CHEMTREC, A Key Hazmat Tool, Expands Its Capabilities

CHEMTREC, A Key Hazmat Tool, Expands Its Capabilities

& Emergency Equipment

Volume XV No. 1 January 2010

CHEMTREC, A Key Hazmat Tool, Expands Its Capabilities


From the outside, CHEMTREC

remains stone simple: Emergency

responders just dial 800-424-9300 for

24/7 expert assistance identifying hazardous

materials and mitigating hazmat


But on the inside, CHEMTREC, the

Chemical Transportation Emergency

Center, has steadily grown in capabilities

and sophistication – exploring new

technologies, reaching out to other

countries, building stronger bridges to

chemical manufacturers and shippers,

and even helping the U.S. military.

CHEMTREC was established in 1971

by the Chemical Manufacturers Association

(now the American Chemistry

Council) to provide assistance with hazmat



What has helped keep the center

financially stable for about half of its

nearly four decades in operation is a

1990 U.S. Department of Transportation

mandate that all shippers of hazardous

materials provide an emergency

phone number for use in case of an incident

involving their products. Many

companies found that it was cost-effective

to contract with CHEMTREC to

provide this service (about 24,000 shippers

are currently registered with

CHEMTREC). Over the years responders

benefited from having so much

hazmat expertise built up in one place.

That expertise includes almost 5

million material safety data sheets and

what CHEMTREC says is the world’s

largest on-call network of chemical,

medical, toxicological and hazmat

experts. In addition, CHEMTREC can

reach back directly to a product’s manufacturer;

in a few cases, responders

have gotten information from the

chemist in charge of producing

the material that was involved in

an incident.

On average, the center receives about

350 calls a day in reference to about 125

Anthony Campos, a CHEMTREC emergency service specialist, at work.

incidents, said Randy Speight,

CHEMTREC’s managing director.

A normal 12-hour watch in the

CHEMTREC operations center is staffed

with three emergency service specialists

(ESSs) and one watch supervisor. Each

watch rotates one shift on and three off,

and two ESSs and two ops center managers

are available as floaters or to supplement

a watch during high-volume

periods, typically during the day.

Experience And Training

CHEMTREC is putting increased

emphasis on training for their ESSs,

Speight said. Baseline training involves

three to six months before an ESS goes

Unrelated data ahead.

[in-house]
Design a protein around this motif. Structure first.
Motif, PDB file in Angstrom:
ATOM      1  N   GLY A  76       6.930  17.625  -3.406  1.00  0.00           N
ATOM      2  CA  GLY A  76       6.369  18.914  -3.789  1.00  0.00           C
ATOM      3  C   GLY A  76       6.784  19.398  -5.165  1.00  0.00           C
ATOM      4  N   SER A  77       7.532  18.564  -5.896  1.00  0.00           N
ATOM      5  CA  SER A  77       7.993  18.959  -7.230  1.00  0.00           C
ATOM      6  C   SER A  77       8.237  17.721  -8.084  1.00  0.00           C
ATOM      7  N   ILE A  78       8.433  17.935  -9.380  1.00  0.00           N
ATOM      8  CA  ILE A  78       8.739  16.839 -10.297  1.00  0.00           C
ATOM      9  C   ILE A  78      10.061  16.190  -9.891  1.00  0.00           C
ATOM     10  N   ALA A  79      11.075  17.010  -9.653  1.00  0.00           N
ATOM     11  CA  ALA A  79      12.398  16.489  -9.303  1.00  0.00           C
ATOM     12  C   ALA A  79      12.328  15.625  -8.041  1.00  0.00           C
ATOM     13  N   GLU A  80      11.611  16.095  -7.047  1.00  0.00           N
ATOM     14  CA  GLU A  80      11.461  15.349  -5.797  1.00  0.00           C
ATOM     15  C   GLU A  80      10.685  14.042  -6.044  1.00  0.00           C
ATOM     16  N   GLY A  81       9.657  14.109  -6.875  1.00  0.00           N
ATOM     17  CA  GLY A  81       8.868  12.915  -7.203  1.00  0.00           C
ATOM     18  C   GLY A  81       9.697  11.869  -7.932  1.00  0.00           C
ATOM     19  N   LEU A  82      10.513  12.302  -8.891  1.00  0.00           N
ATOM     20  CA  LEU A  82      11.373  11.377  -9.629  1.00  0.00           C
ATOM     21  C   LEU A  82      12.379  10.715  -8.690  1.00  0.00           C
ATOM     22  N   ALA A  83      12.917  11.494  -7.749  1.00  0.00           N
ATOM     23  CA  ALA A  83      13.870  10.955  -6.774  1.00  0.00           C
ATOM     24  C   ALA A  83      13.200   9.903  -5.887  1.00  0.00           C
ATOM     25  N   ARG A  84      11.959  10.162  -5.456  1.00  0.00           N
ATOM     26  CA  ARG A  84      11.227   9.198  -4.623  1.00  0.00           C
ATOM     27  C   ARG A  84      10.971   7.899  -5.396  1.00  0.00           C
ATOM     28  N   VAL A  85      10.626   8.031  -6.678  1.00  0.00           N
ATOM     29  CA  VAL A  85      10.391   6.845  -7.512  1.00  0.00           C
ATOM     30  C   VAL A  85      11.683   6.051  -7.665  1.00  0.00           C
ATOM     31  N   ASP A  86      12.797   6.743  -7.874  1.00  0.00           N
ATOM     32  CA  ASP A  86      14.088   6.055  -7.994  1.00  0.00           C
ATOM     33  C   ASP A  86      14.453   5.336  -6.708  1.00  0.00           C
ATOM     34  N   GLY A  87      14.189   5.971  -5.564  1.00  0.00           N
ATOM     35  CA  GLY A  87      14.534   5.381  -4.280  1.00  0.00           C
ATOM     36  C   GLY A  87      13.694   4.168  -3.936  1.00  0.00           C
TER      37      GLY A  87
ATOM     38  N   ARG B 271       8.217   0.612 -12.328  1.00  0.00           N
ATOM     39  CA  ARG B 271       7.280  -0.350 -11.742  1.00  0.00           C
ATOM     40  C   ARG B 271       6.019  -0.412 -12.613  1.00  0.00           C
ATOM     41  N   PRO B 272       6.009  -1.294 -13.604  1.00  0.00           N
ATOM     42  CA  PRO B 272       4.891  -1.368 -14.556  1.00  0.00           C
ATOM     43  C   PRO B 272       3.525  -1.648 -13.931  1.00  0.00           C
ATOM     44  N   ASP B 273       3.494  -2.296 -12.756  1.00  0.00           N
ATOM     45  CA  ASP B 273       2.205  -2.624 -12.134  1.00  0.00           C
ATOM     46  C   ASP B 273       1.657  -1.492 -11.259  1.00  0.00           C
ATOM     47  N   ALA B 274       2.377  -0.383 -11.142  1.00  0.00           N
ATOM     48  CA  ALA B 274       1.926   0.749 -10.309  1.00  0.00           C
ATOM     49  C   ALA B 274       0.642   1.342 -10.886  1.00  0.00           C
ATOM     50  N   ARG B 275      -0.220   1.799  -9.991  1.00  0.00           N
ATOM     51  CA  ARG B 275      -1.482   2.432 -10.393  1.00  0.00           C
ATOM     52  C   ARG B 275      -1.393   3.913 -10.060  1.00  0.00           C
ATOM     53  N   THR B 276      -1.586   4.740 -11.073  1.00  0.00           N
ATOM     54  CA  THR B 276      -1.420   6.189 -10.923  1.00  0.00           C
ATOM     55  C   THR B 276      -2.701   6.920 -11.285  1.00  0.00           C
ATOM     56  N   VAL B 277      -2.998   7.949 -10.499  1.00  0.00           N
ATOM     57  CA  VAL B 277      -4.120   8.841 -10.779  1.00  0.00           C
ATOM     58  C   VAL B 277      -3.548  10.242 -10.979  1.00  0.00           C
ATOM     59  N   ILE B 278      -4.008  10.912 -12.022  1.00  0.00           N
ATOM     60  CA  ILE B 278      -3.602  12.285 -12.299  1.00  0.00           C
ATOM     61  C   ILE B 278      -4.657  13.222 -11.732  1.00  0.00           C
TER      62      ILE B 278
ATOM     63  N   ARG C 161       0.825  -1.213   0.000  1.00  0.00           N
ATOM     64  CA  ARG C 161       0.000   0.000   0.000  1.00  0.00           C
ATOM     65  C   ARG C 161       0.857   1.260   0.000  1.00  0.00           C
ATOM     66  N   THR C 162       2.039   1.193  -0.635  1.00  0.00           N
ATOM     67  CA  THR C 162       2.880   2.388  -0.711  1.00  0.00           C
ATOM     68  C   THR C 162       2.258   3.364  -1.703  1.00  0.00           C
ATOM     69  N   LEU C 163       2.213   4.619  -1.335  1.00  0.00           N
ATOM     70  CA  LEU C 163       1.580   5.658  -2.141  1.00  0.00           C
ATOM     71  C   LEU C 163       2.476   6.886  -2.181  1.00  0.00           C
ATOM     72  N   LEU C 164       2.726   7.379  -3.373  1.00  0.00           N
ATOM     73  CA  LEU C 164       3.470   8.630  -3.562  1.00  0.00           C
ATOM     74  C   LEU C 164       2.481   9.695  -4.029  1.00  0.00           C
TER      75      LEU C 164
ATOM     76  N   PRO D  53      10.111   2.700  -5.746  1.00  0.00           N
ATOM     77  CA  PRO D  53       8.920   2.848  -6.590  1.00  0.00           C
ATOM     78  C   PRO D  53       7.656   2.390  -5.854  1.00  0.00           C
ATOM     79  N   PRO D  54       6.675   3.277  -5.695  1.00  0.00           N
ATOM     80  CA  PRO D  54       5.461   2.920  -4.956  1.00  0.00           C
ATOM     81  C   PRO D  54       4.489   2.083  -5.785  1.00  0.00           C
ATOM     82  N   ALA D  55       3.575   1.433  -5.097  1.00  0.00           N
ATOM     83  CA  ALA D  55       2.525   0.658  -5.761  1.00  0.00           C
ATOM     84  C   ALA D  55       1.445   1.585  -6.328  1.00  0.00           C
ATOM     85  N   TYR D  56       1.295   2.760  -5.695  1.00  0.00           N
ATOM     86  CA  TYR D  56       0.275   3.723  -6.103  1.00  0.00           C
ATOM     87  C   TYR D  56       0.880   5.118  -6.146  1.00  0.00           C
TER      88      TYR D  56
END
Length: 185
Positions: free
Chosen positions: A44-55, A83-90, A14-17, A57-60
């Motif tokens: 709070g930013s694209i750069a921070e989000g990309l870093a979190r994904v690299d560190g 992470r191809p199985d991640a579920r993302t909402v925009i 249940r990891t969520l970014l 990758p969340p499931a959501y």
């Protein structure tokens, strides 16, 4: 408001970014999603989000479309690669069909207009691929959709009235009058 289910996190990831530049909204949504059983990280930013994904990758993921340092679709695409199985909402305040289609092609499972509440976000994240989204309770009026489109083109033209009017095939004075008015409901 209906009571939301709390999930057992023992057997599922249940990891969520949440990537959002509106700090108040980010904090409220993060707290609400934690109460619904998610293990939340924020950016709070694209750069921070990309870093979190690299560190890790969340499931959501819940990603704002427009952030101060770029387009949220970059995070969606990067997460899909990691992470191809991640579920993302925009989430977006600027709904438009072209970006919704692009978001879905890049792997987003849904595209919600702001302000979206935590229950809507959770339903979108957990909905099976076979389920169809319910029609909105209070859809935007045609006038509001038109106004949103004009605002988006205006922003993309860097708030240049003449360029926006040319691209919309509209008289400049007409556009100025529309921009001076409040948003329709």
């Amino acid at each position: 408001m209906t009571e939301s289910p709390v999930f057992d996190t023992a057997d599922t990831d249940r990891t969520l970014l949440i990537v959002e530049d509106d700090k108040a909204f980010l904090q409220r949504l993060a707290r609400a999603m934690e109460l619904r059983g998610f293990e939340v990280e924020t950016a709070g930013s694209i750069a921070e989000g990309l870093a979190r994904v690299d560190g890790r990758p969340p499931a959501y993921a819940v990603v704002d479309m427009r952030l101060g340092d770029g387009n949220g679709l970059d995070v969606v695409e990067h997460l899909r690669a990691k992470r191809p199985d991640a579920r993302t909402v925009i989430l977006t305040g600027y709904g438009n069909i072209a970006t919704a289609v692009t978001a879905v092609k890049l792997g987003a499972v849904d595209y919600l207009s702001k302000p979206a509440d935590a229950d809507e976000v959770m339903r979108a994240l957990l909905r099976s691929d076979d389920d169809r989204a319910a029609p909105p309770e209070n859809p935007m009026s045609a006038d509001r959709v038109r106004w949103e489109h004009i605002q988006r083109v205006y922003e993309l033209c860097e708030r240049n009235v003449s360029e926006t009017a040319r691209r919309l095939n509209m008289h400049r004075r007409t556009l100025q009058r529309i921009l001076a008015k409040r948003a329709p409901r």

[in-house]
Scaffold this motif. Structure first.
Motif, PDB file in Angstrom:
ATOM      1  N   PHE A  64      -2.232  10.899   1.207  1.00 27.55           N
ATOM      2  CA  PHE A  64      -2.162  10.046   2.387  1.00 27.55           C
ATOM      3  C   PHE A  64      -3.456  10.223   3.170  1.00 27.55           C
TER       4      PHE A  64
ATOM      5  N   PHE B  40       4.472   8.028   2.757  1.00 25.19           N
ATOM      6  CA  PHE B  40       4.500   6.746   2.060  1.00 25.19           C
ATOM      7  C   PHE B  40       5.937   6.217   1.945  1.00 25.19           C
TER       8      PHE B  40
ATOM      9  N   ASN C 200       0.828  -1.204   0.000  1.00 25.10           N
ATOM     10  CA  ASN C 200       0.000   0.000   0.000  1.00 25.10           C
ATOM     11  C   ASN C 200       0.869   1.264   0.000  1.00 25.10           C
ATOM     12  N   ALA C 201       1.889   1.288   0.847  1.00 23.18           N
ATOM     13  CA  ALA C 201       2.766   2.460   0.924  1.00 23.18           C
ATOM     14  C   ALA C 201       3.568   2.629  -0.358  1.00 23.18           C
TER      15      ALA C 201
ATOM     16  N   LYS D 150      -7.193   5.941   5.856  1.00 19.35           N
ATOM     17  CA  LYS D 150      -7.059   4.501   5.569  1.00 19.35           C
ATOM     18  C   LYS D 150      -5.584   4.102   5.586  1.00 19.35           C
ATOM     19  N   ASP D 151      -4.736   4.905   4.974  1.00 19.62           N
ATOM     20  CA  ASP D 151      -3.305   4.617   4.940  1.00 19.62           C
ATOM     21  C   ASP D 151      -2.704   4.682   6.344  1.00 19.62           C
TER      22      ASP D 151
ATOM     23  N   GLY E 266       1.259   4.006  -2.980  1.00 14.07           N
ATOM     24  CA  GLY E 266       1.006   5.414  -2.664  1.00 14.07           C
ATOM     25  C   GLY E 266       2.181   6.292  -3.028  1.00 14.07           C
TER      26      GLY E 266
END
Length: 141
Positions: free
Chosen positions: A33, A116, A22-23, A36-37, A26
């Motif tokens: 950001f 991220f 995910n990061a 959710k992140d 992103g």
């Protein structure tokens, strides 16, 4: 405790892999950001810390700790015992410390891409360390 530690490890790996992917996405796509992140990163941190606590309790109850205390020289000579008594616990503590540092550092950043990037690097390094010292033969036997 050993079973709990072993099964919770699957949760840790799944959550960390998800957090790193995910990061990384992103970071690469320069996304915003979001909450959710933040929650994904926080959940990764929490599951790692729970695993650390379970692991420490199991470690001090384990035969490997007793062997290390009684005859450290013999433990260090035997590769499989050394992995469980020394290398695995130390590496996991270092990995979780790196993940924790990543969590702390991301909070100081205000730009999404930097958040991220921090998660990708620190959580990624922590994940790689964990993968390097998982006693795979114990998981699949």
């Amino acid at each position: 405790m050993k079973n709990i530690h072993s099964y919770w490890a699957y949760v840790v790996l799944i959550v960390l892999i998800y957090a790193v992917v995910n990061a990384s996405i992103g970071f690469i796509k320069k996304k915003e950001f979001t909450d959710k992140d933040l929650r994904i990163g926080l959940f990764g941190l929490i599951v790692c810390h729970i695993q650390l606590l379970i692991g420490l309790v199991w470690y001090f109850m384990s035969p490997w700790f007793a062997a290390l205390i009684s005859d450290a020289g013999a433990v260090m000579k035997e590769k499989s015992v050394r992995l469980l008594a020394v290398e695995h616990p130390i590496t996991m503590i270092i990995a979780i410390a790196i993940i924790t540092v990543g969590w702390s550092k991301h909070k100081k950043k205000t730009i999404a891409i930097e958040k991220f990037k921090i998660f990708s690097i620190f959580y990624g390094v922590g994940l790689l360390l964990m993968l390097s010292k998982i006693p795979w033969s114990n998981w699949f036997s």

on duty and starts answering the

phone. ESSs ideally have hazmat experience

and their ranks include retired

and current firefighters and personnel

with military explosive ordnance disposal


Both experience and training are

important in the ESS role, which connects

everyone who has a stake in a hazmat

incident: responders, manufacturers,

shippers, carriers, consignees,

government agencies and emergency

response contractors.

“One of our jobs,” Speight said, “is

to take all the bits and pieces we get

from the responders and work out all

the details.”

One of CHEMTREC’s most pressing

current issues, Speight said, centers on

imports of hazardous chemicals into the

United States, which have increased

steadily since 1989.

CHEMTREC has noticed difficulties

getting information about some international

shipments, often because U.S.

requirements for packaging and labeling

the chemicals aren’t being followed.

Speight said it isn’t always clear

whether a foreign shipper is ignoring

the regulations or is just unfamiliar

with them, but either way it’s a potentially

dangerous situation for responders

and the public.

Educating Shippers

That’s why CHEMTREC recently

began setting up a campaign to educate

foreign hazmat shippers about U.S. documentation

requirements and the man-

Fire Apparatus & Emergency Equipment - January 2010 2

date to provide an emergency access

number. The program started in the Far

East and will ramp up in 2010, Speight

said. Fortunately, a growing number of

foreign shippers have registered with

CHEMTREC, he said.

CHEMTREC has also worked with

federal transportation officials to open

up venues for educating overseas shippers,

so far making presentations in

Malaysia, Argentina, South Korea and

Hungary. The center also organized an

international emergency response summit

in Miami in 2006.

Speight said that CHEMTREC has

offered to help set up CHEMTREC-like

organizations in other countries, but

many of those countries, particularly on

the Pacific Rim, are so focused on natural

disasters that they don’t have the

resources to do so.

The other side of the global trade coin is

chemical exports. U.S. shippers sometimes

want CHEMTREC to provide a

similar service overseas, Speight said.

CHEMTREC recently signed memoranda

of agreement with organizations in Chile,

Colombia and Argentina for mutual assistance,

he said, and is looking for similar

partnerships around the world. The center

also has a similar agreement with the

Swedish Rescue Services Agency.